Eating Disorders Therapy in Edinburgh

Edinburgh Therapy Service specialises in eating disorders, including binge eating disorder, bulimia, and ARFID (avoidant/restrictive food intake disorder). Please note that our practice does not offer treatment for anorexia nervosa, as this disorder often requires medical support, which we are unable to provide. You don’t need to meet the clinical criteria for an eating disorder to benefit from our therapeutic services. Therapy can be an invaluable source of support for those dealing with a variety of issues related to food and body image. Whether you struggle with food addiction, overeating, orthorexia, exercise, dieting addiction, etc., or are dealing with distorted or negative body image, we are here to help you.

What is an eating disorder?

An eating disorder is a psychological condition in which individuals utilise food control as a means to manage emotions and navigate various life situations. Common eating disorders include anorexia nervosa, bulimia nervosa, binge eating disorder, and avoidant/restrictive food intake disorder (ARFID). Each of these disorders has its own set of symptoms and diagnostic criteria, but they all involve an unhealthy relationship with food and body image. Eating disorders can have serious consequences if left untreated and often require professional intervention for recovery.


At Edinburgh Therapy Service, we specialise in the full spectrum of eating disorders, except for anorexia nervosa or anorexic symptomatology. This exception is because anorexia often necessitates medical support that we are unable to provide. We work with bulimia nervosa, binge eating disorder, ARFID, and other food issues, such as orthorexia, food addiction, emotional eating, or body image concerns.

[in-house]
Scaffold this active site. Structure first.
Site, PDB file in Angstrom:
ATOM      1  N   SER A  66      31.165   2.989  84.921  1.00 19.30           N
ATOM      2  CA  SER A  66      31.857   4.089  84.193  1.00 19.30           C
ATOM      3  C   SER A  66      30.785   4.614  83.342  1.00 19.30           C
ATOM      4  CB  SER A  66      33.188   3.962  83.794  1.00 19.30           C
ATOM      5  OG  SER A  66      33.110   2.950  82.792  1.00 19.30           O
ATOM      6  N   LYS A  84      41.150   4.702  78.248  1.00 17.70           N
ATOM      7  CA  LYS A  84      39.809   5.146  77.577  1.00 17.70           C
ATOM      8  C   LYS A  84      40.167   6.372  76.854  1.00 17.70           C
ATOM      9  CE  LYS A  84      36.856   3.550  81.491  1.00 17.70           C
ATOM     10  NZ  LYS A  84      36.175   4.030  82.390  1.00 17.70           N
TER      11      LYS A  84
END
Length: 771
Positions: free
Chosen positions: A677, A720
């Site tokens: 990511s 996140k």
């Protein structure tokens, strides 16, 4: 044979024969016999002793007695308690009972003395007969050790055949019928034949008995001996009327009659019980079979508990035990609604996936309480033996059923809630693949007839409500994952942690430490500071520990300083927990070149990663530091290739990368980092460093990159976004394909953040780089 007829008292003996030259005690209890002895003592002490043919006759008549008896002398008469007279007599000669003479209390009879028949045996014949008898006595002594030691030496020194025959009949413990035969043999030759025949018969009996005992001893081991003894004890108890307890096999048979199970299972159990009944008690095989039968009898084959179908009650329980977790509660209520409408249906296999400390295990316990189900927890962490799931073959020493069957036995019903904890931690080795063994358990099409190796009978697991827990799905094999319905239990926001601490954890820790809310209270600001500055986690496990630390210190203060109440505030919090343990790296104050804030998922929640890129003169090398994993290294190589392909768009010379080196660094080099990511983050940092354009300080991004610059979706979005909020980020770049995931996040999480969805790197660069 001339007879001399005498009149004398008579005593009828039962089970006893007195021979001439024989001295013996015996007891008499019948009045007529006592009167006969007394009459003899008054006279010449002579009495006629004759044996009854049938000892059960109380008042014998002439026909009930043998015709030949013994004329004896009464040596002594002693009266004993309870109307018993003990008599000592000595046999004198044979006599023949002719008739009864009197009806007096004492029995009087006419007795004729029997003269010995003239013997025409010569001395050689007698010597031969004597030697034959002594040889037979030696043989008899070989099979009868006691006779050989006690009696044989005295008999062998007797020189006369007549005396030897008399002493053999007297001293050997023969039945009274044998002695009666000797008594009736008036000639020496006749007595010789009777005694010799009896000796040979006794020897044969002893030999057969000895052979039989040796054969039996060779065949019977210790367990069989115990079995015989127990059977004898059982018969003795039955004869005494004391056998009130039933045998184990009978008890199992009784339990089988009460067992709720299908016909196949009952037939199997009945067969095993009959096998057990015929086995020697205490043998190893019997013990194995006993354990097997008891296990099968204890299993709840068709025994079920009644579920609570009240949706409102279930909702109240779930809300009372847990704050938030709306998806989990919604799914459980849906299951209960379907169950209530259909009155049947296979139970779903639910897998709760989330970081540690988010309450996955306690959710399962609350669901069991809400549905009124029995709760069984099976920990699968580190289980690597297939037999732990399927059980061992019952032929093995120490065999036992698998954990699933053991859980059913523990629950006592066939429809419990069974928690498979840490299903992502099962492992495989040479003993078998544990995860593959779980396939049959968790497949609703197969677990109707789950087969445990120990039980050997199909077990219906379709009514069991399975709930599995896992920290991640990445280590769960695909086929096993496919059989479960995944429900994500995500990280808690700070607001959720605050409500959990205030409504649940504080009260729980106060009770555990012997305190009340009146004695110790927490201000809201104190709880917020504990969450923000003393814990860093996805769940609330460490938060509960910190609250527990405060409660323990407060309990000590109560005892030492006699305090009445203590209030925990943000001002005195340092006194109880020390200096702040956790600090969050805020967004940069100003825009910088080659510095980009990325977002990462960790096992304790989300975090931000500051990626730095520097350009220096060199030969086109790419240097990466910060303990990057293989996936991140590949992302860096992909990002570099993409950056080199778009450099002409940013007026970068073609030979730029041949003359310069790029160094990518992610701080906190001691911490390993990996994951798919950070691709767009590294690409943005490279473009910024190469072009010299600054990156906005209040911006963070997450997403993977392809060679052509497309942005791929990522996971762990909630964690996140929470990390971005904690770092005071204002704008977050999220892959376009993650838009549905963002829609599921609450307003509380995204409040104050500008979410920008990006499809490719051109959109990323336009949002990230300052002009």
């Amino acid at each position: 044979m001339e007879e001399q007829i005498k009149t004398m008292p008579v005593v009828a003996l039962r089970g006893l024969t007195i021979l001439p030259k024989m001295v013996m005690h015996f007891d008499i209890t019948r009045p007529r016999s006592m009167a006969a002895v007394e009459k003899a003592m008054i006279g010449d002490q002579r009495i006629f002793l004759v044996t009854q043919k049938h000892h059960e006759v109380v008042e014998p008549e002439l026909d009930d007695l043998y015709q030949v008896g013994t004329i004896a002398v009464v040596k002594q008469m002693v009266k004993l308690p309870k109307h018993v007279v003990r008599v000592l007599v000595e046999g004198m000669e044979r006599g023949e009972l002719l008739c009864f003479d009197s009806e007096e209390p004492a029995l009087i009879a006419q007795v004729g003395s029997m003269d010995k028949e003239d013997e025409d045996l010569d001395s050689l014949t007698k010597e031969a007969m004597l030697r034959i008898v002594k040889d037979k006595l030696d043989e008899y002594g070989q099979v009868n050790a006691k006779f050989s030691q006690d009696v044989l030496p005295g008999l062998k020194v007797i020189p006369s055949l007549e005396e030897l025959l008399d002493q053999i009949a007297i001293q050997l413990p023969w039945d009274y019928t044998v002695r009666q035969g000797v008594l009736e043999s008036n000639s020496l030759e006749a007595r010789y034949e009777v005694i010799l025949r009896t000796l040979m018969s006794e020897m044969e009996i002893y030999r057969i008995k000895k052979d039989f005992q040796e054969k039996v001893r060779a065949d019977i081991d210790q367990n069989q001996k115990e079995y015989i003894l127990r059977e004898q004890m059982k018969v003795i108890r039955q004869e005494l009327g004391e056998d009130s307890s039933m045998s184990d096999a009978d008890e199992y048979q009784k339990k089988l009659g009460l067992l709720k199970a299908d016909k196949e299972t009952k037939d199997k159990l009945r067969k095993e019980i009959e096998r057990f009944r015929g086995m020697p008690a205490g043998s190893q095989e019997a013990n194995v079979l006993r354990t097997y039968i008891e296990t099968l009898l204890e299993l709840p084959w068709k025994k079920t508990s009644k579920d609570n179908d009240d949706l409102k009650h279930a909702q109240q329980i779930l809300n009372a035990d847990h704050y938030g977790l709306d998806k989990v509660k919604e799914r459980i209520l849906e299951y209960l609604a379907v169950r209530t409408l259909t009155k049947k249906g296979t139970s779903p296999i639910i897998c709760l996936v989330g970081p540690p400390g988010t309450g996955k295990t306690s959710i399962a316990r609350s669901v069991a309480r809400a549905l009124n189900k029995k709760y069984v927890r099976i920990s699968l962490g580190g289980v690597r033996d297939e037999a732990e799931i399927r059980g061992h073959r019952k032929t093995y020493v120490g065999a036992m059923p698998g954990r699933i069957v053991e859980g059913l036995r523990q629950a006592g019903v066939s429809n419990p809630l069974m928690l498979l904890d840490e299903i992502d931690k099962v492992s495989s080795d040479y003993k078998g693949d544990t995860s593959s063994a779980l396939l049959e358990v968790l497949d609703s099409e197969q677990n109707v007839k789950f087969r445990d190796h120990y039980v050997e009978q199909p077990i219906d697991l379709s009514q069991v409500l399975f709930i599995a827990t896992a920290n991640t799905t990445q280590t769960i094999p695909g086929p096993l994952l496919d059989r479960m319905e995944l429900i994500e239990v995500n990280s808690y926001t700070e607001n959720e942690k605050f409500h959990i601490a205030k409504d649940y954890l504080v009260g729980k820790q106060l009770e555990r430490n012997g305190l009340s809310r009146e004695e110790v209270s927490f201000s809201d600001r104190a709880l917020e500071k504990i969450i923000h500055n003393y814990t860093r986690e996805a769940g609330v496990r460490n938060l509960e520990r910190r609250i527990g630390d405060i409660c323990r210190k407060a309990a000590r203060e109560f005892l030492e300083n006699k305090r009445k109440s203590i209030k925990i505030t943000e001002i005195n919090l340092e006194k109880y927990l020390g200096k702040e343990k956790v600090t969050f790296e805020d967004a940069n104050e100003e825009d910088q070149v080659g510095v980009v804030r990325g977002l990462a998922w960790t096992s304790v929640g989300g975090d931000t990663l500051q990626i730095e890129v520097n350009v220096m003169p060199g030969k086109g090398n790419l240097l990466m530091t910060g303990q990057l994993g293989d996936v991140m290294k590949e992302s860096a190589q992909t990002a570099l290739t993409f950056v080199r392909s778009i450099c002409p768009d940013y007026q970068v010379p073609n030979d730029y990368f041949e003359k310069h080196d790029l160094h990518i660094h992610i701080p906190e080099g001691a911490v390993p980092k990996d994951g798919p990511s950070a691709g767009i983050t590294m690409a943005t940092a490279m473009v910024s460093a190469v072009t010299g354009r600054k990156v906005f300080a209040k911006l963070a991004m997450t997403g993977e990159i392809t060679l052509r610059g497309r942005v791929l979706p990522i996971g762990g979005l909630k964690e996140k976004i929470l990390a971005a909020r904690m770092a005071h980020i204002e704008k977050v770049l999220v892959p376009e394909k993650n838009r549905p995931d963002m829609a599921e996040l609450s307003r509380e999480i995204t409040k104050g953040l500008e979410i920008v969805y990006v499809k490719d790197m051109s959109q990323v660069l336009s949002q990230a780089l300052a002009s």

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Our therapists are qualified and registered with reputable professional associations for psychotherapy and counselling.

Types of eating disorders

The DSM-5, a recognized diagnostic manual in the field of psychology, formally identifies several eating disorders. These include anorexia nervosa, bulimia nervosa, binge eating disorder (BED), and ARFID (avoidant/restrictive food intake disorder). However, the DSM-5 doesn’t cover every eating-related concern. Problems like orthorexia, characterised by an obsession with healthy eating, and emotional eating, where food is used as a coping mechanism for emotions, aren’t formally classified in the DSM-5 but are still important issues that people may experience and seek help for. Here you can read about some of the most common eating disorders and eating problems:


Anorexia nervosa

This disorder involves severe food restriction, leading to dangerously low body weight. Individuals with anorexia often have an intense fear of gaining weight and a distorted body image.


Bulimia nervosa

People with bulimia engage in recurrent episodes of binge eating, followed by purging behaviours like self-induced vomiting, laxative use, or excessive exercise.


Binge eating disorder (BED)

BED is defined by recurring episodes of consuming large amounts of food in a short time, accompanied by feelings of guilt or loss of control. Unlike bulimia, there is no regular use of purging methods.


ARFID (avoidant/restrictive food intake disorder)

ARFID comprises limited food variety, avoidance of certain textures or smells, and a reluctance to eat specific foods, often leading to nutritional deficiencies.



Orthorexia is an obsession with healthy eating to an extreme degree, often leading to rigid dietary restrictions that may negatively impact overall well-being.

How do I know if I have an eating disorder?

The following questions can help you reflect on whether or not you might be experiencing signs of an eating disorder:


» Do you find yourself preoccupied daily with thoughts about food, calories, dieting, or your body image?


» Do you engage in behaviours like storing food, lying about what you eat, or constantly weighing and measuring yourself?